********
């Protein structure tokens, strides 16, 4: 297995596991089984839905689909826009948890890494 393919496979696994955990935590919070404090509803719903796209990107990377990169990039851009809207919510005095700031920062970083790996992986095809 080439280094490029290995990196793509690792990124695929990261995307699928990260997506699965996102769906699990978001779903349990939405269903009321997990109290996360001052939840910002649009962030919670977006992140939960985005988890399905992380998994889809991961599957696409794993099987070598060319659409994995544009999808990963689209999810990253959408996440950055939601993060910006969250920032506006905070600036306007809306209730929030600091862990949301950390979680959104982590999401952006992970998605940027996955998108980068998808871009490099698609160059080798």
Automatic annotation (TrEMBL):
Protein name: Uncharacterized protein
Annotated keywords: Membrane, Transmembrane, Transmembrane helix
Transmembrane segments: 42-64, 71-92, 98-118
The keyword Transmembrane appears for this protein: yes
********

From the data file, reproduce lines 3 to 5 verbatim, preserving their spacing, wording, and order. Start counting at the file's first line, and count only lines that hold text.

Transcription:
Protein name: Uncharacterized protein
Annotated keywords: Membrane, Transmembrane, Transmembrane helix
Transmembrane segments: 42-64, 71-92, 98-118